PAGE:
LATEST ADDITIONS

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Michael Metzger Posted: Jul 02, 2000 0 comments

C<I>lark Gable, Claudette Colbert, Walter Connolly, Roscoe Karns, Jameson Thomas. Directed by Frank Capra. Aspect ratio: 1.33:1 (full-frame). Dolby Digital mono. 105 minutes. 1934. Columbia 03949. NR. $24.95.</I>

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Barry Willis Posted: Jul 02, 2000 0 comments

Two years ago it was widely predicted that, by summer 2000, high-definition television would be pretty well established. At mid-year of that target date, the industry is still bickering over technical specifications and terminology, receiver prices are still high, and there is only a token amount of HD programming available.

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Jon Iverson Posted: Jul 02, 2000 0 comments

Last week, <A HREF="http://www.pioneer-america.com/">Pioneer North America</A> announced plans to open the newest addition to its North American operation: Pioneer Research Center USA (referred to as PRA), which the company describes as a new research-and-development unit. Pioneer says that PRA will open in San Jose, California on July 5 and will develop both digital television and digital network technologies to be incorporated into audio-video products sold primarily in the US market.

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Barry Willis Posted: Jul 02, 2000 0 comments

Walter Matthau, the gruff-voiced, droopy-faced master of deadpan comic acting, died early Saturday morning, July 1, after suffering a heart attack. He was pronounced dead at 1:42am, shortly after being taken to St. John's Health Center in Santa Monica, California. Matthau was 79.

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Posted: Jun 25, 2000 0 comments

In mid-June, <A HREF="http://www.dtstech.com/">DTS</A> announced a new version of its DTS-ES Extended Surround Format for home theater. Designated DTS-ES Discrete 6.1, the system is a "new, proprietary technology for the playback of discrete, 6.1-channel content from DVDs and CDs," according to a company press release. The innovation is said to "elevate the performance standard for playback of the DTS 6.1-channel Extended Surround format introduced in motion picture theaters last year."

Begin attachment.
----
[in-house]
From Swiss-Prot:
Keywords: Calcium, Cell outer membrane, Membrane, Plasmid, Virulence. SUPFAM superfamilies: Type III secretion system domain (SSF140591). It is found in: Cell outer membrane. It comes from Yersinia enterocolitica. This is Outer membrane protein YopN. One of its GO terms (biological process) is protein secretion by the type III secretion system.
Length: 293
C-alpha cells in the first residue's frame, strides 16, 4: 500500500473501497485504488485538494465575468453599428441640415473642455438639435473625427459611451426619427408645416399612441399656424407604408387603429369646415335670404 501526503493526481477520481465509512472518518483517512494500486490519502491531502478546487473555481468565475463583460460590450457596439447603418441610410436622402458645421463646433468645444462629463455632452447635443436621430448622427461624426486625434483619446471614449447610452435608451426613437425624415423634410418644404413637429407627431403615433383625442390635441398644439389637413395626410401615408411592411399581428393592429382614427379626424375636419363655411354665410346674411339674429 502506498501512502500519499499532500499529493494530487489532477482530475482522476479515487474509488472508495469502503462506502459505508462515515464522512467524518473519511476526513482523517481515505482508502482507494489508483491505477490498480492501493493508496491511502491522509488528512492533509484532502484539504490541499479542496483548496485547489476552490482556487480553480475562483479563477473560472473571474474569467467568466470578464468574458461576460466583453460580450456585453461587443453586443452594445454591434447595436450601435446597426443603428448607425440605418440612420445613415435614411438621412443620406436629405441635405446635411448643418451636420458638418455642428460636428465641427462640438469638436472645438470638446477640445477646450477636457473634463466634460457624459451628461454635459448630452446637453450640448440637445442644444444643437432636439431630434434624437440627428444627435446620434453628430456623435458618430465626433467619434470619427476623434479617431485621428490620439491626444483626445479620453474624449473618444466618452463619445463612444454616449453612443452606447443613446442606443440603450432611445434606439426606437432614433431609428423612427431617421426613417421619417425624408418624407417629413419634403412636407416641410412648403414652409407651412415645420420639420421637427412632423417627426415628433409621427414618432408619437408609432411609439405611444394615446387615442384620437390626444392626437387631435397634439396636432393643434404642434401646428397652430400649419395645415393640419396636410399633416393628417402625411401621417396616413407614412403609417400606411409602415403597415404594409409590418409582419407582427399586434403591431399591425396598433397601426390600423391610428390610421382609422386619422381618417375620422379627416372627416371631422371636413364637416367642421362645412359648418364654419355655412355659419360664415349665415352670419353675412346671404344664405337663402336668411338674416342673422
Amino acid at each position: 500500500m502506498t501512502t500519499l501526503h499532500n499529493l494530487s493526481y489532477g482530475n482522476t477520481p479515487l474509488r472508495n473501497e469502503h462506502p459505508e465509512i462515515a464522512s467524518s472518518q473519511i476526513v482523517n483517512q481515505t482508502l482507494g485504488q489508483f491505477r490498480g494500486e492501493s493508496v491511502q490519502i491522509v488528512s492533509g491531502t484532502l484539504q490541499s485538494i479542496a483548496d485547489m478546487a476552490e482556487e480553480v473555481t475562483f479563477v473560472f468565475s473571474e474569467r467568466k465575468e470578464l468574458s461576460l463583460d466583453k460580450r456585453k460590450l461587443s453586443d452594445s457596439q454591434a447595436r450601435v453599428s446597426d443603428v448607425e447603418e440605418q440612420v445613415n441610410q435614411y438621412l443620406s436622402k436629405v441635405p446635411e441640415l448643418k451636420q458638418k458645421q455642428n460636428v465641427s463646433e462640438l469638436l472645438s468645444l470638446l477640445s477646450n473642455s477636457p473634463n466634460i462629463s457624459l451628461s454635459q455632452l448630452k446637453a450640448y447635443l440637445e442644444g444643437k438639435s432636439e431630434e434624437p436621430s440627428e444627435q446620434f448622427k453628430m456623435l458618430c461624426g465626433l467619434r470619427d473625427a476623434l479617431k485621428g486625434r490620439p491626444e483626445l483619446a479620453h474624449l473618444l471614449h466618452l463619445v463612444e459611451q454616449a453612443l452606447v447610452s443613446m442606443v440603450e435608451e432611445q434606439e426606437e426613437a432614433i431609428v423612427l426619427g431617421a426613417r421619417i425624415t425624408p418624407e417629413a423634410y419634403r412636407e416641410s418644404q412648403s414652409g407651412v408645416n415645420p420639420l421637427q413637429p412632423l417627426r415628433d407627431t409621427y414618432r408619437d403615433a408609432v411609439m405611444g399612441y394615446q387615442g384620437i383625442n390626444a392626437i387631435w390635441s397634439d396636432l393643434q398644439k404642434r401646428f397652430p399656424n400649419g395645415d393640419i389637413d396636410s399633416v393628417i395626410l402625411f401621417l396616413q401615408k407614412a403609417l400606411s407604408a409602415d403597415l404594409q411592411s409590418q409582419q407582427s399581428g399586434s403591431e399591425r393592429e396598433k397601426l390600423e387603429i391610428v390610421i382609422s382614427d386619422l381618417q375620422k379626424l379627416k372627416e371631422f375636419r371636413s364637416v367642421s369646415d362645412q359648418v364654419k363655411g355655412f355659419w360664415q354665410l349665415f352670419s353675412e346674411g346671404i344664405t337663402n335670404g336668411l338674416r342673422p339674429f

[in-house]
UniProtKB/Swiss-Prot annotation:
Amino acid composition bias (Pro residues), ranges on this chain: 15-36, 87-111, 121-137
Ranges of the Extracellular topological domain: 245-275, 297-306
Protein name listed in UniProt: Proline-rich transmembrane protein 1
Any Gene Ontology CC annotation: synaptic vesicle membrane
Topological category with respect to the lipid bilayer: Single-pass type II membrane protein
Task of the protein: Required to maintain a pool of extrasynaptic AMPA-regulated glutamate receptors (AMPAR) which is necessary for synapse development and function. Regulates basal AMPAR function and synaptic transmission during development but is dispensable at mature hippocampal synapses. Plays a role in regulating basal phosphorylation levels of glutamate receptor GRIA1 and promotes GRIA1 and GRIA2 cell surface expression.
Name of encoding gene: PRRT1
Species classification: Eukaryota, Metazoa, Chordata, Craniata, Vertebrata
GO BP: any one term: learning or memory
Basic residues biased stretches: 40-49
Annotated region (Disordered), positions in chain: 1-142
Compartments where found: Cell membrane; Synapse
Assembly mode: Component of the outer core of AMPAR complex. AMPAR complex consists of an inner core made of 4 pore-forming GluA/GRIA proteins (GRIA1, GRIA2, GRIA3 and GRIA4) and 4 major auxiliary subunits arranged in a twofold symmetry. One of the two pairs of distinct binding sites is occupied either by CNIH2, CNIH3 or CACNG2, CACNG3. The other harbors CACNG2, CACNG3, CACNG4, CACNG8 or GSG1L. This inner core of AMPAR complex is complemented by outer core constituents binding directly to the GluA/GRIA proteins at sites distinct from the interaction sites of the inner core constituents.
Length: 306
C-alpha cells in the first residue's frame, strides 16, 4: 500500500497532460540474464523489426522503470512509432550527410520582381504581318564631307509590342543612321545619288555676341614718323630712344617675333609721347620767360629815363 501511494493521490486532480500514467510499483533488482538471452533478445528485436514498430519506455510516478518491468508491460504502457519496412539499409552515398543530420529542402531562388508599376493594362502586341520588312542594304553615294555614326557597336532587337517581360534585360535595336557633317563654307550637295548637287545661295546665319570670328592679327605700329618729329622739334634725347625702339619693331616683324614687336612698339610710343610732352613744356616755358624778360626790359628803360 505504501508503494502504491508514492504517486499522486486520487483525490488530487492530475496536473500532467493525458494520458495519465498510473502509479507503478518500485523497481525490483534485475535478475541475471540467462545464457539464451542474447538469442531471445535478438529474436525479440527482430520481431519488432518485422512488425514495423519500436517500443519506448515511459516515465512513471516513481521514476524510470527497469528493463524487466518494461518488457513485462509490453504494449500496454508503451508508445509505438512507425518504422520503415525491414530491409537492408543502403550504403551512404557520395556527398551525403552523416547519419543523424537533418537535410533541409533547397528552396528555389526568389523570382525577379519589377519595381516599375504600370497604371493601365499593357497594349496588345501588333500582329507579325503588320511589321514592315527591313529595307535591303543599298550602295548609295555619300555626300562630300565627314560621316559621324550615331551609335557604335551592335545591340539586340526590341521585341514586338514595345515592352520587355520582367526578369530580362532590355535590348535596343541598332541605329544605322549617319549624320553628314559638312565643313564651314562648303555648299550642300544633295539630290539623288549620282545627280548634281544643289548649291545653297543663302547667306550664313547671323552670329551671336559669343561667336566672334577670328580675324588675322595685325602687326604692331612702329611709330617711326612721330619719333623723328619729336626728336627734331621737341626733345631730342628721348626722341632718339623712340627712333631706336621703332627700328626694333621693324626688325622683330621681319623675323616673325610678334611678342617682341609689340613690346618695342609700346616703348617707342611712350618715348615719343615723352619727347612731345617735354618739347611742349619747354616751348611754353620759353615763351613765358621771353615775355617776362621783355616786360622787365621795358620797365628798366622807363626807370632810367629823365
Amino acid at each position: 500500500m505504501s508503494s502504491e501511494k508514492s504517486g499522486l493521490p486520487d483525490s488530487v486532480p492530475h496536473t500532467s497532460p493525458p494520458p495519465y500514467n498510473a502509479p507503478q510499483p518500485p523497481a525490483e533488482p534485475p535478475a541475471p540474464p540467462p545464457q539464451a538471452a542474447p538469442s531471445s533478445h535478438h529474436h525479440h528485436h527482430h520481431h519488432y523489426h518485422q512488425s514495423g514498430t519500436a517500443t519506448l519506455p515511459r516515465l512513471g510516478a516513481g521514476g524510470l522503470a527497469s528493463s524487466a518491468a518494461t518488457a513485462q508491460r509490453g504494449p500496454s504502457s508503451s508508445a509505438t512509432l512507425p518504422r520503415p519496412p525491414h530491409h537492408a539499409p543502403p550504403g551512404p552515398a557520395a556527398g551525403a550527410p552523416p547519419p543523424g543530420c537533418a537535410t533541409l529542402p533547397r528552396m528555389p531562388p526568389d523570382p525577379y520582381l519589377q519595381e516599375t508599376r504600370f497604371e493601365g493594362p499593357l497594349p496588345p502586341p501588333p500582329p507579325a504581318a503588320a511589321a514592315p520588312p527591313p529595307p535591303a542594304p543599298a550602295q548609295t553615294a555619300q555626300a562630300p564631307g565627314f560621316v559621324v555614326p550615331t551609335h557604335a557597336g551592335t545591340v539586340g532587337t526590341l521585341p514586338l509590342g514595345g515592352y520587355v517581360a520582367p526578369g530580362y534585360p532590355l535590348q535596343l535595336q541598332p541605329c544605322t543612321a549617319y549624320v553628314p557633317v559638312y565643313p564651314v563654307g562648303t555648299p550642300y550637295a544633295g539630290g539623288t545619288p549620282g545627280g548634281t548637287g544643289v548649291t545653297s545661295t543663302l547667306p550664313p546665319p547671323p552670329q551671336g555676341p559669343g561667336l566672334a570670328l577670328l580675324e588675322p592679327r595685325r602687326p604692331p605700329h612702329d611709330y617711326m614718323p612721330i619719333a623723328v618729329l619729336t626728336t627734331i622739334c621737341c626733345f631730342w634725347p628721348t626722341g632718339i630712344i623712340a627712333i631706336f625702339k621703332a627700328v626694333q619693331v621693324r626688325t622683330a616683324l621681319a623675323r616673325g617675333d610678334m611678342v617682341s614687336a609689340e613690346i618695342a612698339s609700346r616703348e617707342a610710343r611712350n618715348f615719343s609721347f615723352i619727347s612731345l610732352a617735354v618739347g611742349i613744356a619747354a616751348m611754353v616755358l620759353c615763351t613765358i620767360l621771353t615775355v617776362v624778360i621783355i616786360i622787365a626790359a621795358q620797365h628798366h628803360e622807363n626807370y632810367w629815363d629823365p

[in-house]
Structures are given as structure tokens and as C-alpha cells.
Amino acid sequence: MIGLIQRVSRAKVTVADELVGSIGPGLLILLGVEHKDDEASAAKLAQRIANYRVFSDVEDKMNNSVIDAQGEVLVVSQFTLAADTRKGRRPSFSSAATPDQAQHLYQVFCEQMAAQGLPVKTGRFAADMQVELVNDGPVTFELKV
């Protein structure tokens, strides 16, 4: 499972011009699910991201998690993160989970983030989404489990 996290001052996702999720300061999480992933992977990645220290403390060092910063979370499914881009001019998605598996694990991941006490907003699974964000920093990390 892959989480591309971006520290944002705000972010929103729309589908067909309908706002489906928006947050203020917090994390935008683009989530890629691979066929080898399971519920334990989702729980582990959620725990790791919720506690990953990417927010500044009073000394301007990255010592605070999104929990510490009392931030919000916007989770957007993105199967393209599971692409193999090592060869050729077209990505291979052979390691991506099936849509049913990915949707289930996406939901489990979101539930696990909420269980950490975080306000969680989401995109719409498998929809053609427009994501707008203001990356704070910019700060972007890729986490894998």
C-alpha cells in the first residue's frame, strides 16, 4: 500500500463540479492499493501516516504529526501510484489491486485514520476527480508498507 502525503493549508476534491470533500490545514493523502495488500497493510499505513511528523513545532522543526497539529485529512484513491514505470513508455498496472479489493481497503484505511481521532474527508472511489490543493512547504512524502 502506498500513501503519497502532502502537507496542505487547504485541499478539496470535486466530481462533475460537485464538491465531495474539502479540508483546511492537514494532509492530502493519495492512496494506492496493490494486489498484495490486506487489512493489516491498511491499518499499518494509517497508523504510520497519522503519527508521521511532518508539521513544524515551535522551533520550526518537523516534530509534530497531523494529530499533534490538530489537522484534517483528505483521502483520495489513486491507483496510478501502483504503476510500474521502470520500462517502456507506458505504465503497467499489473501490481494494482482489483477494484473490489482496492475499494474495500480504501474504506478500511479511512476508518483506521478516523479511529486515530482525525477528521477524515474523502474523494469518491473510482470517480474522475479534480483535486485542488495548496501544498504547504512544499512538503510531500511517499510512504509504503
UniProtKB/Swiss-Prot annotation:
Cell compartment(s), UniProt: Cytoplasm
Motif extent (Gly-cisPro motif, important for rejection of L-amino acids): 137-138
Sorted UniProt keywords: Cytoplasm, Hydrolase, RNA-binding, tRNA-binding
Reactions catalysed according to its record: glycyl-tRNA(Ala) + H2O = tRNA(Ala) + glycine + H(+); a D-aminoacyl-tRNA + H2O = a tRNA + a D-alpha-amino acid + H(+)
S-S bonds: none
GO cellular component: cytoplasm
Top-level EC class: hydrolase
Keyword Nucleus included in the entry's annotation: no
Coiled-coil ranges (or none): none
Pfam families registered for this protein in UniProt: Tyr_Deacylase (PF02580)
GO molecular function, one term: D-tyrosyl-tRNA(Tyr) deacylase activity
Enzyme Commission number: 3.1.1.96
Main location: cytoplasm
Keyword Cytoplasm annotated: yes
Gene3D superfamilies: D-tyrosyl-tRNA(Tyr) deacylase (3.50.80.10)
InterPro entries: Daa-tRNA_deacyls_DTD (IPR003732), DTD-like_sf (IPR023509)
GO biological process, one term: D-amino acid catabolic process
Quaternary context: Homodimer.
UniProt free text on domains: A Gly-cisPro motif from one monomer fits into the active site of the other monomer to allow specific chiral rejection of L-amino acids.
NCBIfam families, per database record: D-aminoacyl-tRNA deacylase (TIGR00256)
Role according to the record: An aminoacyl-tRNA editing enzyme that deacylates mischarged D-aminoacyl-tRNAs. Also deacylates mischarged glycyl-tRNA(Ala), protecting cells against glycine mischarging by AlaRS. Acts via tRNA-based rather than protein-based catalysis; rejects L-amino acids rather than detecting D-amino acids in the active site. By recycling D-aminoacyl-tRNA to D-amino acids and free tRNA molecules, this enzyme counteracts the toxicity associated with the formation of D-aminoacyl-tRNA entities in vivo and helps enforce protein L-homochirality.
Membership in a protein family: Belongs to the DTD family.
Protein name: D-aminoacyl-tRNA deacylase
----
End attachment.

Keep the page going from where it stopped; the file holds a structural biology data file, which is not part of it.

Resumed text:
Jeff Cherun Posted: Jun 25, 2000 Published: Jun 26, 2000 0 comments
The Ferrari of audio.

Awhile back, I had the opportunity to be treated to what some of the world's most talented engineers have to offer. You see, I was having a drink with my friend Ron Jackson (president of Girard-Perregaux USA, a high-end watch manufacturer that has an affiliation with legendary car manufacturer Ferrari), and he suggested that I join him the following day at the Willow Springs racetrack for the U.S. debut of the new Ferrari 360 Modena. As a huge Ferrari fan, this was clearly an offer I couldn't refuse.

Mike Wood Posted: Jun 25, 2000 Published: Jun 26, 2000 0 comments
Breaching the digital frontier.

Digital, digital, digital. The generic term for the numerical representation of sounds and images is definitely the buzzword for the new millennium. Samsung, a relative newcomer to the U.S. rear-projection market, has taken that buzzword to heart and taken a bold step forward, creating an almost all-digital chassis for their rear-projection displays.

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Jon Iverson Posted: Jun 25, 2000 0 comments

It's a DTV jungle out there, with manufacturers, broadcasters, consumers, and other market forces fighting for their ecological niches. Always an aggressive participant in the struggle, the <A HREF="http://www.ce.org">Consumer Electronics Association</A> (CEA), in comments filed with the Federal Communications Commission last week, stated that "ensuring that today's viewers continue to enjoy free, over-the-air service should be the primary focus of the digital television (DTV) transition." While new services should be "permitted and encouraged," argued the CEA, they should be consistent with broadcasters' "continued delivery of free over-the-air programming in the digital era."

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Thomas J. Norton Posted: Jun 25, 2000 0 comments

V<I>oices of Jennifer Aniston, Eli Marienthal, Harry Connick, Jr., Vin Diesel, Christopher McDonald. Directed by Brad Bird. Aspect ratios: 2.35:1 (anamorphic), 1.33:1 (full-frame). Dolby Digital 5.1. 99 minutes. 1999. Warner Home Video 17644. PG. $24.95.</I>

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Barry Willis Posted: Jun 25, 2000 0 comments

Ever wonder how all those short films you never heard of get nominated for Academy Awards? They have to run for a weekend at theaters in Los Angeles or New York in order for <A HREF="http://www.oscars.org/">Academy of Motion Picture Arts and Sciences</A> members to get a chance to view them. Those are the rules, the Academy stated on June 13, after deciding to exclude from Oscar consideration any film debuting on the Internet.

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